United States District Court, D. Massachusetts
SABA HASHEM, individually, and as a member of, and derivatively on behalf of, D'Angelo and Hashem, LLC, Plaintiff,
STEPHEN D'ANGELO, D'ANGELO LAW GROUP, LLC, and D'ANGELO AND HASHEM, LLC., Defendants.
MEMORANDUM & ORDER
TALWANI, UNITED STATES DISTRICT JUDGE
underlying case arises from a dispute between two former law
partners regarding, inter alia, the assets of their
law firm, D'Angelo and Hashem, LLC
(“D&H”). Before this court is Jennifer M.
Carrion's Motion to Intervene [#26] as a matter of
right under Rule 24(a)(2) of the Federal Rules of Civil
Procedure. Ms. Carrion, a former employee of D&H, is a
judgment creditor of Hashem and D&H, following a November
22, 2011, jury verdict finding them liable for pregnancy
discrimination. She seeks to pursue cross-claims against all
parties in the underlying action. Defendants Stephen
D'Angelo and D'Angelo Law Group oppose the
motion. For the following reasons, Ms.
Carrion's Motion to Intervene [#26] is ALLOWED.
24(a)(2) allows intervention as a matter of right if a
would-be intervenor meets four requirements:
1. The application must be timely . . .;
2. The applicant must claim an interest relating to the
property or transaction which is the subject of the action;
3. Disposition of the action may, as a practical matter,
impair or impede that applicant's ability to protect the
4. The applicant must show that the interest will not be
adequately represented by existing parties.
Conservation Law Found. of New Eng., Inc. v.
Mosbacher, 966 F.2d 39, 41 (1st Cir. 1992). A would-be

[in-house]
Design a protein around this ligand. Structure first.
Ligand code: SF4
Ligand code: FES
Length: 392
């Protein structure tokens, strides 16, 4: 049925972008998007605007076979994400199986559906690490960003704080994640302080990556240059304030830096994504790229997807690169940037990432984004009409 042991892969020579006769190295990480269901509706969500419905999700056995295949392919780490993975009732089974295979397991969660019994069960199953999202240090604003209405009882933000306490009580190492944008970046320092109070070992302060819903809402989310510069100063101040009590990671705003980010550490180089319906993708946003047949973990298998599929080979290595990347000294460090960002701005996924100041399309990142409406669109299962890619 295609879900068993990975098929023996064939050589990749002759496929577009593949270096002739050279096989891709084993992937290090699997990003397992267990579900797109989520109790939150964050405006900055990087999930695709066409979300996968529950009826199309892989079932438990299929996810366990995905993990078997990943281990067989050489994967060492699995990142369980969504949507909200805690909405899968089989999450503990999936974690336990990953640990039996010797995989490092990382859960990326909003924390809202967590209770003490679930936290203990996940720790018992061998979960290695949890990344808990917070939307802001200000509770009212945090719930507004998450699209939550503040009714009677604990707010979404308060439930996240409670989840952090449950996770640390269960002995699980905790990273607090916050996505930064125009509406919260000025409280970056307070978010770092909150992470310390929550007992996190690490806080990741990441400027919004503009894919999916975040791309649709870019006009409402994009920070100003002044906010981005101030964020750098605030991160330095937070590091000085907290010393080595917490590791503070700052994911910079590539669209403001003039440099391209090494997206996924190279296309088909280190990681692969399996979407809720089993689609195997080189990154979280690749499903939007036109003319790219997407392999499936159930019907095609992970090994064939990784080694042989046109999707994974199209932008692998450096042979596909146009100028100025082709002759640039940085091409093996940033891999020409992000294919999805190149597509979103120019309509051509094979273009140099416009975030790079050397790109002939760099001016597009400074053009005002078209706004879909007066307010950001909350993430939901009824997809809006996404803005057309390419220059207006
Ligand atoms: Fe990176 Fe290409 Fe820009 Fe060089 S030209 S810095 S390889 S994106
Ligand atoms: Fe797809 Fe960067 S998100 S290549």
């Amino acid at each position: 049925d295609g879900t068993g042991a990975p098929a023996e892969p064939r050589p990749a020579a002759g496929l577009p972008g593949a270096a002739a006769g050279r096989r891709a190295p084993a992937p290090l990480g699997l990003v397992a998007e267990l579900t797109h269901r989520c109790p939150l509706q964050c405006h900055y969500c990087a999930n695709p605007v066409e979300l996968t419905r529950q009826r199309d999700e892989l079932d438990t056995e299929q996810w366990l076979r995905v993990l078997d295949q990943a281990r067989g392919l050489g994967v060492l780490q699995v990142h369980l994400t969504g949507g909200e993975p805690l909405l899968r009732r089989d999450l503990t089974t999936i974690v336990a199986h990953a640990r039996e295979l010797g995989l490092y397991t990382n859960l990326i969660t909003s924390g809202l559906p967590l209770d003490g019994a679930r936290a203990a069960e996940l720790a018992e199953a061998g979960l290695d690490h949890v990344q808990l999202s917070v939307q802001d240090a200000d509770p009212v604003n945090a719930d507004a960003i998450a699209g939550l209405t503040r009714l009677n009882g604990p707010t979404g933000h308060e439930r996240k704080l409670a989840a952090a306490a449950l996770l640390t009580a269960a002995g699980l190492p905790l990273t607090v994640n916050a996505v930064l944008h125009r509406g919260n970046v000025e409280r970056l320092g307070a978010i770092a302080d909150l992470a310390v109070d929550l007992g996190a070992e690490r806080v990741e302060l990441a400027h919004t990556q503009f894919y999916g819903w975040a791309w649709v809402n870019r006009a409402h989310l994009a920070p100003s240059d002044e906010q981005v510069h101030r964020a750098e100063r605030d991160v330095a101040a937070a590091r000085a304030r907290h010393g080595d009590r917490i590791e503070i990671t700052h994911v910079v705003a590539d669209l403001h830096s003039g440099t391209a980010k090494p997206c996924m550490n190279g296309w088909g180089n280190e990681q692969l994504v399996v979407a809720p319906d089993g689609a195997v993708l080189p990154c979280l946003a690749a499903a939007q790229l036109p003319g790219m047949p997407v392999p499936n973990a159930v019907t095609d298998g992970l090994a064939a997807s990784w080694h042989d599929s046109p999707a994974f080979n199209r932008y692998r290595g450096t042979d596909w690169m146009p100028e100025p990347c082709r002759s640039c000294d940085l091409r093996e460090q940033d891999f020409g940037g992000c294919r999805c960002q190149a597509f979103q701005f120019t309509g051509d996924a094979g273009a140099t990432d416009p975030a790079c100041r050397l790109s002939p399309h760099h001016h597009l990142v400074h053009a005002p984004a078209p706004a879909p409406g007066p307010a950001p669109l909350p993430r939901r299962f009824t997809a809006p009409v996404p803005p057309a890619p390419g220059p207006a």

intervenor who does not meet any one of these requirements
cannot intervene as a matter of right. See Travelers
Indem. Co. v. Dingwell, 884 F.2d 629, 637 (1st Cir.
1989). The “imprecision” of Rule 24(a)(2)'s
individual requirements mandates, however, that they
“‘be read not discretely, but together, ' and
always with a commonsense view of the overall
litigation.” Pub. Serv. Co. of N.H. v. Patch,
136 F.3d 197, 204 (1st Cir. 1998) (quoting United States
v. Hooker Chems. & Plastics Corp., 749 F.2d 968, 983
(2d Cir.1984)). “Because small differences in fact
patterns can significantly affect the outcome, the very
nature of a Rule 24(a)(2) inquiry limits the utility of
comparisons among published opinions.” Id.
there is no dispute as to the timeliness of the motion, the
court considers the remaining three requirements for
intervention under Rule 24(a)(2).
Interest in the Property or Transaction
claim an interest relating to the property or transaction
which is the subject of the action, a would-be intervenor
must show that he or she has a “significantly
protectable interest.” Id. at 205 (quoting
Donaldson v. United States, 400 U.S. 517, 531
(1971)). “Potential economic harm to a would-be
intervenor is a factor that warrants serious consideration in
the interest inquiry.” Id. Additionally, the
interest involved must be direct rather than contingent.
Travelers Indem. Co., 884 F.2d at 638.
Carrion claims an interest relating to the property which is
the subject of this action because she has obtained judgments
against Mr. Hashem and D&H for approximately $500, 000.
Carrion's Mem. Ex. A [#27-1] (Execution as to Hashem);
Ex. B (Execution as to D&H) [#27-2]; Ex. C [#27-3]
(Execution as to Hashem and D&H); Ex. D [#27-4]
(Execution as to Hashem and D&H); Ex. E [#27-5]
(Execution as to Hashem and D&H). The judgment against
D&H is an interest in the subject of the dispute between
Mr. Hashem and Mr. D'Angelo-the assets of D&H. Thus,
Ms. Carrion has a direct interest in the property which is
the subject of the action. Additionally, the outcome of this
litigation may lead to a division of D&H's assets
between Mr. Hashem and Mr. D'Angelo. Since D&H is a